However, just because the course is only 6,138 yards from the white or middle tees, does not mean it will be easy. Sloping fairways, deep and exotic bunkers, vast waste areas, intimidating cliffs, and large undulating greens are just a few of the obstacles which will make your round at Scotland Run, one you will never forget.

As for the overall feel of Scotland Run, 6 of the first 9 holes resemble a traditional wooded course with tree-lined fairway. However, as you approach the back nine, 9 of the last 11 holes give you more of a Scottish links feel, thus the name Scotland Run.

A professional tour player might shoot 29 in the front on Scotland Run's amazingly true greens and short distance, just 3,282 yards from the tips. However, they will struggle to break 40 on a back that measures 3,528 yards, with 2 par 4's, 12 and 17 playing over 465 yards.

With the yardage difference between both nines, 100 to 250 yards depending on what tees you are playing, Scotland Run Golf Club's design allows players to warm up to their round. The first hole eases you into the flow of the course with a fifty yard wide fairway short of this green. With ample room to lay-up on this par 5 or go for the green in two, starting off with a par or better is likely.

As you leave the first green, surrounded by trees of three sides, you enter the heavily wooded section of the course. Holes 2-7, except for par 3 4th, have fairways that are generous in places, yet are enclosed by a wall of trees. The 4th tee, just outside these woods, is set on a hillside that overlooks an amphitheater of fescue, rolling mounds, and sand.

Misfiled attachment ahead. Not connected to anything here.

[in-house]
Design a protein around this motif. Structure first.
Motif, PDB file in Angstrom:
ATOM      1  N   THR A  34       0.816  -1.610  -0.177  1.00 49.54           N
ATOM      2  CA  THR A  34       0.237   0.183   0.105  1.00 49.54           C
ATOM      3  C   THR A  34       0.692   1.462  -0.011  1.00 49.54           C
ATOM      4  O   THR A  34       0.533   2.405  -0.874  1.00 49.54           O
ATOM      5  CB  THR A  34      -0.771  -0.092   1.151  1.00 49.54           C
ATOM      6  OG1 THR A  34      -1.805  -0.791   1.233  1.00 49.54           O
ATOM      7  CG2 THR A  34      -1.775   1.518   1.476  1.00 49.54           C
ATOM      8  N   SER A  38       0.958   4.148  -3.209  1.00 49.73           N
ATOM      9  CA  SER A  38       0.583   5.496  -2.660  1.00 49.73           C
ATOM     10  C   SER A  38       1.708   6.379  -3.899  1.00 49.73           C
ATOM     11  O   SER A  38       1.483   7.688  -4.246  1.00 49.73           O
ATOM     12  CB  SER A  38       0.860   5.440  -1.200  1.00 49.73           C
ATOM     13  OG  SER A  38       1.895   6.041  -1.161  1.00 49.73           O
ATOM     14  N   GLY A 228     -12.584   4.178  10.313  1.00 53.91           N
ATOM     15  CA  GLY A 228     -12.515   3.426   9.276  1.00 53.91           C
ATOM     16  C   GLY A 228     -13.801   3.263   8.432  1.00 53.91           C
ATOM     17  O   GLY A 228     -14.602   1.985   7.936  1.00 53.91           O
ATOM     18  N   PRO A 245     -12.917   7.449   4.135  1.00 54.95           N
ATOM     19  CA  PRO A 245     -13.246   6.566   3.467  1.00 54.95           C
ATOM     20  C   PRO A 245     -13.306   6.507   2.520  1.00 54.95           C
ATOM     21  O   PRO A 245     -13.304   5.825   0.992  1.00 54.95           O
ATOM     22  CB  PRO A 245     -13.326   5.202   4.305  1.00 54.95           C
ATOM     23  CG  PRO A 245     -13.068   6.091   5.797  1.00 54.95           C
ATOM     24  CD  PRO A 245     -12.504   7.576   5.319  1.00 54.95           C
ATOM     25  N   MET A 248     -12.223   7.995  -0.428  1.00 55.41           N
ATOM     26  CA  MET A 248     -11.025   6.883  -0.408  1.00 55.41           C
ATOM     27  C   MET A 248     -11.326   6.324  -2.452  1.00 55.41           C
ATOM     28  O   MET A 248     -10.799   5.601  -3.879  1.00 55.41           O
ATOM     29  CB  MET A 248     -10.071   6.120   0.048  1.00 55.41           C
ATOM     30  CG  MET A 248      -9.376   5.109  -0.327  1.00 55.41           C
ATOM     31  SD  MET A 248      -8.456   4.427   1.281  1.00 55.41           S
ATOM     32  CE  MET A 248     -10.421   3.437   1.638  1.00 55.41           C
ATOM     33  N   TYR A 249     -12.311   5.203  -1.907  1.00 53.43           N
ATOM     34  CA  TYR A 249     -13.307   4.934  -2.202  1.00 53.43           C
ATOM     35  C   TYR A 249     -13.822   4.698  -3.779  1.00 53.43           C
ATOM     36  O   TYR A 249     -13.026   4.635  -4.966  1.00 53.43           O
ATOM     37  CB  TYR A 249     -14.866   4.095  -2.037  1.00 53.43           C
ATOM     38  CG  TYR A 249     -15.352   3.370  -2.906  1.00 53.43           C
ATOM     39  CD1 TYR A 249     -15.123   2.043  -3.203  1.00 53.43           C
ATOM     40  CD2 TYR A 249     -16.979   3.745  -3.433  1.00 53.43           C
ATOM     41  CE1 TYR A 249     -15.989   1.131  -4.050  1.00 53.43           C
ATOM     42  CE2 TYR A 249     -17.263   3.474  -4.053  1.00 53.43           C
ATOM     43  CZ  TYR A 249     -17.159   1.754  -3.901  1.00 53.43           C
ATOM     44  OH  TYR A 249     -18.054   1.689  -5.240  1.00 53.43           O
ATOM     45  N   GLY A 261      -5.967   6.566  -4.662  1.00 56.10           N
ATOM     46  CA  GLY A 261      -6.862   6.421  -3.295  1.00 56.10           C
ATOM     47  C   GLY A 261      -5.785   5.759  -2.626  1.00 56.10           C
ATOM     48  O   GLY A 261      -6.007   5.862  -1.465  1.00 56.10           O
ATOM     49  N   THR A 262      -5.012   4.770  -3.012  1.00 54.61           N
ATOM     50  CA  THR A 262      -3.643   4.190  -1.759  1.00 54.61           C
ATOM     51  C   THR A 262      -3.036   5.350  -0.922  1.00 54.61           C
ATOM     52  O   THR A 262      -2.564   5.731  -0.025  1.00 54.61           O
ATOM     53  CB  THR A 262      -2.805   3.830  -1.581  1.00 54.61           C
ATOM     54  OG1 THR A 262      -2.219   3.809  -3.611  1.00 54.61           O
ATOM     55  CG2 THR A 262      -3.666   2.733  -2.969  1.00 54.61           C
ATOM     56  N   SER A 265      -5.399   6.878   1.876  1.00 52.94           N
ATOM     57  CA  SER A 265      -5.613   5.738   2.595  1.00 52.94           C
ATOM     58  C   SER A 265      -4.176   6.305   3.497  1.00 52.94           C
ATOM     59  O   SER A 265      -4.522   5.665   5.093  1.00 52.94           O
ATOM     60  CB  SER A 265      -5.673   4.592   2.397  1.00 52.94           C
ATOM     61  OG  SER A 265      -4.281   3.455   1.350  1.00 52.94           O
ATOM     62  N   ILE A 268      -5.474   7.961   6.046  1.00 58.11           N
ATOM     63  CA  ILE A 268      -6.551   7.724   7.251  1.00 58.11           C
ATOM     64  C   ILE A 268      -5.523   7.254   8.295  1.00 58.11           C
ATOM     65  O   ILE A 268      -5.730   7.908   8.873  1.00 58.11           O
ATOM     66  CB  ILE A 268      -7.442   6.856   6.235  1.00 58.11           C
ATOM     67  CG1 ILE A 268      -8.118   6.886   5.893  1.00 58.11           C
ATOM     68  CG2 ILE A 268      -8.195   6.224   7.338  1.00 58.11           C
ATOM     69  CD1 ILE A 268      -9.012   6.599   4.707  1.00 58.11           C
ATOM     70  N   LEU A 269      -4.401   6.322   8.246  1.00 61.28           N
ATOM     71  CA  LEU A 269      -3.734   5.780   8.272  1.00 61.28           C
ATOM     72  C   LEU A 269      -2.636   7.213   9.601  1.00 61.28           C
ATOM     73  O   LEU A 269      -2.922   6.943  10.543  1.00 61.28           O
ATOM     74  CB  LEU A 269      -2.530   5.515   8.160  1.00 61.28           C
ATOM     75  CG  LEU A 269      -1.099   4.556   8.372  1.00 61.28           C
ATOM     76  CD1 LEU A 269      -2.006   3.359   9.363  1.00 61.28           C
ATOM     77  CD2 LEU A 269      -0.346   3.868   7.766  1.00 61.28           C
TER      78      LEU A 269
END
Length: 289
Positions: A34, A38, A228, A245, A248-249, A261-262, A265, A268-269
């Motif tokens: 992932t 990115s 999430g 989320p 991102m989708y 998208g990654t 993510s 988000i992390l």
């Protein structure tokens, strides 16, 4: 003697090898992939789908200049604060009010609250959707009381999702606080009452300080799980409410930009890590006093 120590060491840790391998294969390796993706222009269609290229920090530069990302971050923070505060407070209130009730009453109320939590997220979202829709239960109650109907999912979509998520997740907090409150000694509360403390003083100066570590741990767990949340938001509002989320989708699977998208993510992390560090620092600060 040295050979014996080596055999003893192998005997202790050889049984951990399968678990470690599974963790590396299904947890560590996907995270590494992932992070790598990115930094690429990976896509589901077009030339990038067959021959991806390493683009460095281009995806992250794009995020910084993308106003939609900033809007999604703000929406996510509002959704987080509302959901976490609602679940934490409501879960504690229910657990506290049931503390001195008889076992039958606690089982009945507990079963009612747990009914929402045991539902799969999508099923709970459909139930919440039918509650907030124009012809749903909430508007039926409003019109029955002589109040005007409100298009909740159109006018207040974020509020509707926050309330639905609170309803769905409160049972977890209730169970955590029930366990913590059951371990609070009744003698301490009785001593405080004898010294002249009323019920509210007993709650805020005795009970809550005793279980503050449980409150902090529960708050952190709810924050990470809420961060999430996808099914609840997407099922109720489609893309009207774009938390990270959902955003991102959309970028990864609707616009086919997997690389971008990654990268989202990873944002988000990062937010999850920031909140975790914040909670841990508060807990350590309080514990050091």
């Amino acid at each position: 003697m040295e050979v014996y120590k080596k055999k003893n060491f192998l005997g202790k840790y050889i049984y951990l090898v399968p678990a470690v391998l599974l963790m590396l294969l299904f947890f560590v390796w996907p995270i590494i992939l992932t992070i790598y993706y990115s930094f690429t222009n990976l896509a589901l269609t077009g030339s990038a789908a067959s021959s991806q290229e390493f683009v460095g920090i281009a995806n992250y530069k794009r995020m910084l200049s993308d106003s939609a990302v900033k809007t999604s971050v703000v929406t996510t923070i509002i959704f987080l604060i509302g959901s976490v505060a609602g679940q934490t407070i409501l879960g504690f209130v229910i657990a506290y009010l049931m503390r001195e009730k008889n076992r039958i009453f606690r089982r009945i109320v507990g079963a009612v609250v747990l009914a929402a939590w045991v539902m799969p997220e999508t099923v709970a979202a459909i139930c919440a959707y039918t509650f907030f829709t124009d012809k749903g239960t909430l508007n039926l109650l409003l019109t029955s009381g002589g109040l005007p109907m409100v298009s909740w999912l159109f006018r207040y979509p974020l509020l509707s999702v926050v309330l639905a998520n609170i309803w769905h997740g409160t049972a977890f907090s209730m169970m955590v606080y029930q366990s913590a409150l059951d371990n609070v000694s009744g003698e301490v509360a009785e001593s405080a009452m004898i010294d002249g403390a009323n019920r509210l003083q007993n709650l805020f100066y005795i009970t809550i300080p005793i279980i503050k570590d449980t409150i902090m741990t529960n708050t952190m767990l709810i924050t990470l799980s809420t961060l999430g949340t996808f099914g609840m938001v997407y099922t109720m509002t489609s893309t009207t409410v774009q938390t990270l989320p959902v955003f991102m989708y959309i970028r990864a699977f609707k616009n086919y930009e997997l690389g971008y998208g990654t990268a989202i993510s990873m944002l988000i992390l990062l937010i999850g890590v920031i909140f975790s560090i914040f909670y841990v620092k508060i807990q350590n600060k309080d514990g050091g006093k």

After the longest and shortest par 4's on the front, 5 and 6, the par 4 7th serves as a transitional hole with natural waste areas and mound of sand filled with fescue, all within a tree lined setting.

As you leave the heavily wooded section of Scotland Run, the par 4 8th acts as a the gateway to the sand quarry. While a dense treeline runs along the right rough, you see your first glimpse of a quarry filled with natural water to your left. Don't miss the signature 10th green behind you to the left and the quarry crane, sitting just above the quarry to the left of the 8th fairway.

As you make your way to the back nine, the heart of the course will leave you in awe. TEN, ELEVEN, TWELVE, and the deep reverse carpet bunker on 13 will make you think it can't get any better. If you are wondering if reverse carpet bunker was a typo, you are wrong!

A reverse carpet bunker is a new technology that enables golf course architects to create deep sand bunkers without erosion or sudden collapse of the lips over time. Get used to this terminology, once you see one, you will be amazed how well reversed carpet can be used to shape one of these bunkers.

The fourteen and fifteen holes take a brief trip back into a dense area of trees before resurfacing on the par 4 16th. Take the cliffs of the Monterey peninsula, transplant Pine Valley's best par 4 and you create Scotland's Run signature hole. A hole that will appear over time in every golf magazine after their journalists play this course. Then 17 and 18 continue through, around, and above the remaining quarry at Scotland Run Golf Club. A 3 hole stretch that one day may be remembered as the best 3 finishing holes in all of golf!

As the Christmas season approaches, along with all the free calendars you will receive, here are twelve mental pictures of Scotland Run Golf Club that will remain forever sketched in your mind.

Number 1: The two greens on the second hole, forty yards apart, separated by a massive greenside bunker could be a signature hole on any course.

Second: The 6 foot deep reverse carpet bunker that strategically guards the third green is one place you would rather view from above than from within.

Third: You will leave the sixth green scratching your head, how could a hole this short be so hard? A false front on the right and severe sloping green, will make you feel like you are putting on a Pinehurst #2 green.

Fourth: The 372 yard, par 4 7th is a Pine Valley classic, the best designed hole on the course. Beware of a sand dune which makes your approach shot deceivingly short.